Firefox in the Hunt

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Lordy, lordy turns out people will switch away from Internet Explorer provided something better comes along. The market share for Firefox is picking up steam and now stands at a robust four percent only a month after going gold. That has Firefox's stated goal of ten percent of the browser market next year look sane.

Maybe Bill Gates does not rule the world, afterall.

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  1. Firefox still isn’t perfect…I keep internet explorer on my computer for when Firefox screws up, but I use firefox 95% of the time.

  2. Firefox is a superb browser and, like its big brother Mozilla, joins Opera as a “means of deliverance” from MS’s lethargy. Opera is my default browser, but Firefox and Mozilla are in the same class — SO much better!

  3. I know we went over this here a while back, but I liked Firefox ok, but I’m still using IE. There were a couple of issues that I don’t really recall that I didn’t like with FF, but my main gripe was that since I needed to use both IE and FF here at work, I couldn’t remember which website I had open in which browser (which sucks when you’ve got ~10 websites open simultaneously).

    I suppose the best solution to that would be if I had 2 monitors going I could keep IE on one side and FF on the other…but for now, I just decided it was easier for me to keep using IE…

  4. Firefox still isn’t perfect…I keep internet explorer on my computer for when Firefox screws up, but I use firefox 95% of the time.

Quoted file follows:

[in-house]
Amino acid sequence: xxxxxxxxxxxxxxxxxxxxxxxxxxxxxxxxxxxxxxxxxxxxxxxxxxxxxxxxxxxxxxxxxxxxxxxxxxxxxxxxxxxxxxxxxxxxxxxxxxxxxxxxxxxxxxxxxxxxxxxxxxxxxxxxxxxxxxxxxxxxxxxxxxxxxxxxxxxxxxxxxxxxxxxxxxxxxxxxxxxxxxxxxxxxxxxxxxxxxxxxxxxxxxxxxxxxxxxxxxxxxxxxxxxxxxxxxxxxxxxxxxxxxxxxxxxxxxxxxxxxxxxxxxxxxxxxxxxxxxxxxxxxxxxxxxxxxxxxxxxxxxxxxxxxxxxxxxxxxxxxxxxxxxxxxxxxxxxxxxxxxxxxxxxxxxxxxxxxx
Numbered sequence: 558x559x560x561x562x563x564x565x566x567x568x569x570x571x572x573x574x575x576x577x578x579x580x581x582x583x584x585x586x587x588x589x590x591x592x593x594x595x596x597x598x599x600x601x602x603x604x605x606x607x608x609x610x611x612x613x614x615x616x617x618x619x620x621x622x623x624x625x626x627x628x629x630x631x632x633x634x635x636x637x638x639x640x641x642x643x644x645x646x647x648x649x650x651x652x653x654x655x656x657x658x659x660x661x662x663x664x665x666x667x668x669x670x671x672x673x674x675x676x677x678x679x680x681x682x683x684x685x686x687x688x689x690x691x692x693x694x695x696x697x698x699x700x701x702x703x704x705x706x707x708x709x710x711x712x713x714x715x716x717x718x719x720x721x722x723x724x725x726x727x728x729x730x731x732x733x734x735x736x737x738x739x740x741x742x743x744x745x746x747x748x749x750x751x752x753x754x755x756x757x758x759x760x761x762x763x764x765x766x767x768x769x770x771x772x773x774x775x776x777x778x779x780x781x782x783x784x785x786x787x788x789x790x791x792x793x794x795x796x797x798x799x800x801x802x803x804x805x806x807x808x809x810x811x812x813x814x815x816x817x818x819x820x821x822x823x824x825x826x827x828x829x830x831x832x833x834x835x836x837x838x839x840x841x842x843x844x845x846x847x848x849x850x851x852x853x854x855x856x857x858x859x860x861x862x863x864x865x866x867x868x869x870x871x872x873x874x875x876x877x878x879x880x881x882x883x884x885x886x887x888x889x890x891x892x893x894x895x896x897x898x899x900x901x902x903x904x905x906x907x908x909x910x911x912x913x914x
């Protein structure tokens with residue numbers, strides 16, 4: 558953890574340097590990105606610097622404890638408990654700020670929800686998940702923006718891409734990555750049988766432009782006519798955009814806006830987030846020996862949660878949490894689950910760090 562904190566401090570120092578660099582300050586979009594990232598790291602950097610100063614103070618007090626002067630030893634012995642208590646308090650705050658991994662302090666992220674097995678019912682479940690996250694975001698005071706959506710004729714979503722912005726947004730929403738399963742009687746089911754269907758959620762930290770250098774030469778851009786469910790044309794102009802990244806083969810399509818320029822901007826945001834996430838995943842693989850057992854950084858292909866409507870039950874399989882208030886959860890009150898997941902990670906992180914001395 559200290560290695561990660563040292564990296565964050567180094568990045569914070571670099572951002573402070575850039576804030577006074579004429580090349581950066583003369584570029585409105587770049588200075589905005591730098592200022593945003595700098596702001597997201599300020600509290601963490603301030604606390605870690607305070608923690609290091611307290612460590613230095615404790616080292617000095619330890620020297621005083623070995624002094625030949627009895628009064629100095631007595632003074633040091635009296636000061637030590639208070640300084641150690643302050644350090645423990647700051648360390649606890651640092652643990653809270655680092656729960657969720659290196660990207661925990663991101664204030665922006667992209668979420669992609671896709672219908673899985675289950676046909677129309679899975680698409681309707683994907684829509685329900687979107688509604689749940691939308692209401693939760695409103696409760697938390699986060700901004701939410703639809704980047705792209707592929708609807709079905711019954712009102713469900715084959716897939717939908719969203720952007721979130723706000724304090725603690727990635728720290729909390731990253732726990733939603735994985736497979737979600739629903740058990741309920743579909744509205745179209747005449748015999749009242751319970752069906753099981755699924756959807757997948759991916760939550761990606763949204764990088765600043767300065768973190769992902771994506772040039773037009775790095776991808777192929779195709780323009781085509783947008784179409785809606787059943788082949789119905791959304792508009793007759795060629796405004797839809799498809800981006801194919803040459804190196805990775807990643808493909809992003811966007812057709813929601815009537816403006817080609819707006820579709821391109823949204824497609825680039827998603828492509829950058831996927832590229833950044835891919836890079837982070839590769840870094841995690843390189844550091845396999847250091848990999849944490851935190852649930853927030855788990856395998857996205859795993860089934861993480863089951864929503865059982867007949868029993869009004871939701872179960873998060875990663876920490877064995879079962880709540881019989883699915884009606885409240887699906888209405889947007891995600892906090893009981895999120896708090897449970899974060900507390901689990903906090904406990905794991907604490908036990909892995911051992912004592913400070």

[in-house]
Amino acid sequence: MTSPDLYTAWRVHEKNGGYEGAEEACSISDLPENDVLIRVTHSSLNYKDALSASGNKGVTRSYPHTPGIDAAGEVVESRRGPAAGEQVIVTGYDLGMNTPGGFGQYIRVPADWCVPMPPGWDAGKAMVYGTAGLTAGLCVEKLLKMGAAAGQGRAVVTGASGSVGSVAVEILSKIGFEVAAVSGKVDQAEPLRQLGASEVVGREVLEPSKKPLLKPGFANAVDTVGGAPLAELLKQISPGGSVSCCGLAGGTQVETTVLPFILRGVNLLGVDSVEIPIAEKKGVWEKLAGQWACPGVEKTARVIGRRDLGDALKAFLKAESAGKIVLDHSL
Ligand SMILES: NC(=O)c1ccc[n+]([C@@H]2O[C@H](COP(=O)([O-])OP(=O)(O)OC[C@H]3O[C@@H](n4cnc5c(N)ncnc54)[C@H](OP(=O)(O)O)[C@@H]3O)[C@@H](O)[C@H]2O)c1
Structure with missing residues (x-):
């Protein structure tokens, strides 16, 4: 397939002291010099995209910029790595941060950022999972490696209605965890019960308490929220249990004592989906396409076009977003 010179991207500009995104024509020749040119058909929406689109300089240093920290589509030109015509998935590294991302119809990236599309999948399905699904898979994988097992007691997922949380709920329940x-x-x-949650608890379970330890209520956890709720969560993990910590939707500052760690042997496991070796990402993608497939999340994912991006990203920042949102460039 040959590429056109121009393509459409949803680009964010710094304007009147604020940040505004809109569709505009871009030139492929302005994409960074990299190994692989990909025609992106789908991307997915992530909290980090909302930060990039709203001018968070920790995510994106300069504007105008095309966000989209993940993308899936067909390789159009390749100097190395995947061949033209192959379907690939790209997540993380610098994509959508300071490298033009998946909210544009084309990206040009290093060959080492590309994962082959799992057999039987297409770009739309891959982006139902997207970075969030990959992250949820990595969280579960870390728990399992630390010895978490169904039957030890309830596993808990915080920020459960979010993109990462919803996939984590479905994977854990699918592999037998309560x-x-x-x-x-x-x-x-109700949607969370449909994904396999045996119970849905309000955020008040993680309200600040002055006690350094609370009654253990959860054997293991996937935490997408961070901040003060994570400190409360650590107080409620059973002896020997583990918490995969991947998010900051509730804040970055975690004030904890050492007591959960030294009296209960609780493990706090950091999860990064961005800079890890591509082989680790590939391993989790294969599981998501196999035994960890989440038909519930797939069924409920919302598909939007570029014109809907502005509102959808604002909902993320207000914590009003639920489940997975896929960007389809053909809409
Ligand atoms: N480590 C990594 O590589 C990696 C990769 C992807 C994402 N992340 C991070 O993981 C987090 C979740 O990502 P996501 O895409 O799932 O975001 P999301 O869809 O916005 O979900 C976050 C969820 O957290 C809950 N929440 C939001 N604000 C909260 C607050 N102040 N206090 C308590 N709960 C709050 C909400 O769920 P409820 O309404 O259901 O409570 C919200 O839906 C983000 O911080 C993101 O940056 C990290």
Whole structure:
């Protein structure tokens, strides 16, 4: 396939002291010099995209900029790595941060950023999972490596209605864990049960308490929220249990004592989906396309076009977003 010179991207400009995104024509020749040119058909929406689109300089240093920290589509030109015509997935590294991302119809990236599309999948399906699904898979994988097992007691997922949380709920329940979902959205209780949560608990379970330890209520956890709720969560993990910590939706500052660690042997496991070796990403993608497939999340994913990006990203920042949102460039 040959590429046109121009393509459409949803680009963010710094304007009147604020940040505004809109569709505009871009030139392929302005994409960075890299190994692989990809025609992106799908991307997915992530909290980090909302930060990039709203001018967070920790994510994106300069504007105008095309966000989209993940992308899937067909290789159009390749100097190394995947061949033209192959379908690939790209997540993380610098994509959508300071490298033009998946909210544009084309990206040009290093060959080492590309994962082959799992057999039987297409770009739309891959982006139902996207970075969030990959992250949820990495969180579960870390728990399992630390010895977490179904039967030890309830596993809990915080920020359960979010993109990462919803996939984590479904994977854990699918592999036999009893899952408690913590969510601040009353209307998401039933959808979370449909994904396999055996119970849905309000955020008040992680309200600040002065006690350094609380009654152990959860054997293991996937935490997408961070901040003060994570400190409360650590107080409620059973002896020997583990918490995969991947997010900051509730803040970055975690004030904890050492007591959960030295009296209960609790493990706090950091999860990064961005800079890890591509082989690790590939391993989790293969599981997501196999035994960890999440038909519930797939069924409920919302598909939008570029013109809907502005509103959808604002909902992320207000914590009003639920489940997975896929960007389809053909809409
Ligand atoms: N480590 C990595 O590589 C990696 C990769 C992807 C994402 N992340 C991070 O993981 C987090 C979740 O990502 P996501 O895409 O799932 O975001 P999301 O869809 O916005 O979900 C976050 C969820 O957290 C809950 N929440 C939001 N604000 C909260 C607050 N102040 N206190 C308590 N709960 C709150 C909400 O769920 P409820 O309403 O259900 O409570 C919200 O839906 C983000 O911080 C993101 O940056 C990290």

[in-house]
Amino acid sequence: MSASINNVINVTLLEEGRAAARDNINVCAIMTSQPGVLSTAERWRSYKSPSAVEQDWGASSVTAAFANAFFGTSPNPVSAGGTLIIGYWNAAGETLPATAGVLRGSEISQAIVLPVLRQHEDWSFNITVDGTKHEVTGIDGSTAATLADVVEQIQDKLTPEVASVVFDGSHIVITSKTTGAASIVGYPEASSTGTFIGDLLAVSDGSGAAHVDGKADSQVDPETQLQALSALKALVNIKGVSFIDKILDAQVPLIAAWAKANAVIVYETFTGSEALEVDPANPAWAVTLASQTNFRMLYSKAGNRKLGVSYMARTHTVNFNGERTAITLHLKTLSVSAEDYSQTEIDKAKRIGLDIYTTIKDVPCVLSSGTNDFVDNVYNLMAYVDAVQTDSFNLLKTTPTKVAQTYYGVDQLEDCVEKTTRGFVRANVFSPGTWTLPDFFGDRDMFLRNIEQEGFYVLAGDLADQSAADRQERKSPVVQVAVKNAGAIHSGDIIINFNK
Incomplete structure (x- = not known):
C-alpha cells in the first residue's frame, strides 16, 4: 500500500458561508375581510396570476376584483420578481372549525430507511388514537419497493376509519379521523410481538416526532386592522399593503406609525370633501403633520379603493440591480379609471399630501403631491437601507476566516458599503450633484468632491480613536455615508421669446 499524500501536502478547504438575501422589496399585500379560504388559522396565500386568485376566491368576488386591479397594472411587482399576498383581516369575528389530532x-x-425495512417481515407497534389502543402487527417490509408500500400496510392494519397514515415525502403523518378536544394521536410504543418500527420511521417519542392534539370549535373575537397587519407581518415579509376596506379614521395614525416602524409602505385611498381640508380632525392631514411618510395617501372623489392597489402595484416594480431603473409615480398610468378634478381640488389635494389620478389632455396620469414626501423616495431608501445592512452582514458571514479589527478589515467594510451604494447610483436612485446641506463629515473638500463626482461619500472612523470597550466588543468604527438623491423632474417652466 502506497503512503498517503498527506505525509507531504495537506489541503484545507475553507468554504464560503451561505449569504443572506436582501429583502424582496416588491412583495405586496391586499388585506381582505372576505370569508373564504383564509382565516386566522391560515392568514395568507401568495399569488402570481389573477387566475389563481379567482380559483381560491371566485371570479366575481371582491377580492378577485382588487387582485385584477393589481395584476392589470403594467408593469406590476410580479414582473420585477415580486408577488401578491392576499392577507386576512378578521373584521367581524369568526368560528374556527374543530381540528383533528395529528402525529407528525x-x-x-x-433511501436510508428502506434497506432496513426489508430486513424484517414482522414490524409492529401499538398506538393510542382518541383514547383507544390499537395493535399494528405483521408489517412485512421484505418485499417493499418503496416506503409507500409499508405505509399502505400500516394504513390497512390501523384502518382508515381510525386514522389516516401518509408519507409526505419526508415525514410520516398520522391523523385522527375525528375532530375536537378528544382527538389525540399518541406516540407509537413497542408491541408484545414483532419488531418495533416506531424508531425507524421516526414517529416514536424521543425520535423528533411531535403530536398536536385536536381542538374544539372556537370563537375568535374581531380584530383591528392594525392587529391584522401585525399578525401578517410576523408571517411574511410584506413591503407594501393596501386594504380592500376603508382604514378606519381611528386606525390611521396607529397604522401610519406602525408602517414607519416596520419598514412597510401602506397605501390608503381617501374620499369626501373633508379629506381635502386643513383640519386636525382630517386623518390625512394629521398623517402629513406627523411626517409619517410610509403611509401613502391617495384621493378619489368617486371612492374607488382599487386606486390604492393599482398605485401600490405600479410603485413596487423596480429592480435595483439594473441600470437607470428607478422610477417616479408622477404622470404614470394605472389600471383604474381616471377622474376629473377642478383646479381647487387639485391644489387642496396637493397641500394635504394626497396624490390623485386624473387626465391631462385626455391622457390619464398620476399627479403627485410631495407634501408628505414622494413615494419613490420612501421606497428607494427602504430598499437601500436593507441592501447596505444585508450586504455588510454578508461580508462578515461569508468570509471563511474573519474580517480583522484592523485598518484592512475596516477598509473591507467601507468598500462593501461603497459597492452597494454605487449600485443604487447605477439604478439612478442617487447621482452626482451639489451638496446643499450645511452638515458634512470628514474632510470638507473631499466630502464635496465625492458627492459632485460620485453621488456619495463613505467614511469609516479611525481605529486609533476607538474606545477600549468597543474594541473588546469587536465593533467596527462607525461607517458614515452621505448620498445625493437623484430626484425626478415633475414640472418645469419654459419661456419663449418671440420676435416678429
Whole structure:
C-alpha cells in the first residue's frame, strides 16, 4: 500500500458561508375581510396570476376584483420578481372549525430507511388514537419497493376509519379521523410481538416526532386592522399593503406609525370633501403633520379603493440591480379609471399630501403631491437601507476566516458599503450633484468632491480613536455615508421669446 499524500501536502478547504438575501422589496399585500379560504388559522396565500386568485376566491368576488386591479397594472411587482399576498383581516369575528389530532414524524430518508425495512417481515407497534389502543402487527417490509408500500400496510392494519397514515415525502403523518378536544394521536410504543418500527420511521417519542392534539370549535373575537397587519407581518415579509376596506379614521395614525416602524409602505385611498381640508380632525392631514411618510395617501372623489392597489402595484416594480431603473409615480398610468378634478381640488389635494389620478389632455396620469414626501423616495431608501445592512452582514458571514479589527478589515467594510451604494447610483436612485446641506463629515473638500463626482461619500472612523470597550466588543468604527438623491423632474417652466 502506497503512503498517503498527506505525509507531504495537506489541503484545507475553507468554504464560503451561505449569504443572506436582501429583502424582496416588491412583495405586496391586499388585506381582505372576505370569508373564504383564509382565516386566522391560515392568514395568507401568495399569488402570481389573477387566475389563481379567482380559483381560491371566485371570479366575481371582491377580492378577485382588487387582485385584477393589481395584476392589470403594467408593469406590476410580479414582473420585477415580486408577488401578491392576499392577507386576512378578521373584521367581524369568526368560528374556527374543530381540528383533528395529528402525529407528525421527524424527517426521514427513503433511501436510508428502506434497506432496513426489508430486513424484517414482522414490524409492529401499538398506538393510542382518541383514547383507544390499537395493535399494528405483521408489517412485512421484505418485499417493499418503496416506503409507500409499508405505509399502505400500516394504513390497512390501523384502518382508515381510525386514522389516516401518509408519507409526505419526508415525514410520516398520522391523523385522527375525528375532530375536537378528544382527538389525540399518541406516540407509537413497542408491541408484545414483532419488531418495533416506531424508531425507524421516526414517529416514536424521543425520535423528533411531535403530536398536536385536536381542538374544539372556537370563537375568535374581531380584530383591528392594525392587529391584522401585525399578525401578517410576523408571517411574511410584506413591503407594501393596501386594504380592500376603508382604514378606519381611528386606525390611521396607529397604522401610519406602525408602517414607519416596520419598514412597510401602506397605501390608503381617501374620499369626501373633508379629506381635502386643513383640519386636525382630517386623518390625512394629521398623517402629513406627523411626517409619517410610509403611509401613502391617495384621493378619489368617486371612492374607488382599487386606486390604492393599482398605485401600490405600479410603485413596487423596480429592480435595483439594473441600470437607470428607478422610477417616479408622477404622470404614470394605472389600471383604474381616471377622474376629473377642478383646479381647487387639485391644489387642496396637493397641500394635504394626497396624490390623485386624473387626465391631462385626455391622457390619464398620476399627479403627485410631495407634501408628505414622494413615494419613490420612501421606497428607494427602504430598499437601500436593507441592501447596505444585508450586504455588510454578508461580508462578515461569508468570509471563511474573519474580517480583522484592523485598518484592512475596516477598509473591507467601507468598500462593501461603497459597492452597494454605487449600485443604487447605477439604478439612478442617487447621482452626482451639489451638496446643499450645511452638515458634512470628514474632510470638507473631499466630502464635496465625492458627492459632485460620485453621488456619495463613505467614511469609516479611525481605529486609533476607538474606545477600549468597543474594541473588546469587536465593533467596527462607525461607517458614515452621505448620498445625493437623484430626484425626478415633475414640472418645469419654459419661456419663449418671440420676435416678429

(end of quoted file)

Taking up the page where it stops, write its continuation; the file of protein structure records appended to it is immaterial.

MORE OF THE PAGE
As someone in the industry, I can tell you with a major degree of assurance that 5% is more likely to be caused by inept programmers not taking into consideration the alternative browsers (and thus the people they’re alienating) rather than the mechanical fault of the browser.

    Not to say there aren’t glitches, but having used Firefox for thousands of hours developing and testing web apps, then using it for everyday browsing, I’ve only come across one or two sites that caused an all out crash [because of faulty code, after checking the source in IE], and a handful that caused glitches in usability. Again, those were the coder’s fault. πŸ˜‰

    Safe to say, IE crashes far more frequently and is about as impervious from violation as a sponge floating in the ocean.

  5. “Firefox is a superb browser and, like its big brother Mozilla, joins Opera as a “means of deliverance” from MS’s lethargy. Opera is my default browser, but Firefox and Mozilla are in the same class — SO much better!”

    I’ve been using Opera as my default browser for a couple of months now, and I really like it. I would expect an update to IE to come out supporting tabbed browsing, at least, PDQ, but there’s the rub, isn’t it?

    …People like Opera because it has more features; people like Firefox because it’s stripped of all the bloat.

  6. Gary:

    Firefox does not so much crash as take month to load some (no doubt poorly designed) pages. But the work around for that is the right-click “open in IE” command, so as a result I use FF about 98% of the time now. The tabs are so elegant and simple.

  7. ya, I like Firefox, but once enough people use it all the pop ups and spyware etc… will be ported. Will Firefox withstand this? that will be the true test.

  8. Is it selfish to want Firefox to stay relatively underground so malware and adware writers won’t bother to target it?

    Or should this even be a concern given that any discovered exploits will likely be patched quickly?

  9. Yeah, you can come close to beating Bill Gates. All you need to do is spend a decade perfecting your free product.

    Of course, if the web had been designed by people who knew what they were doing, lots of things would be different.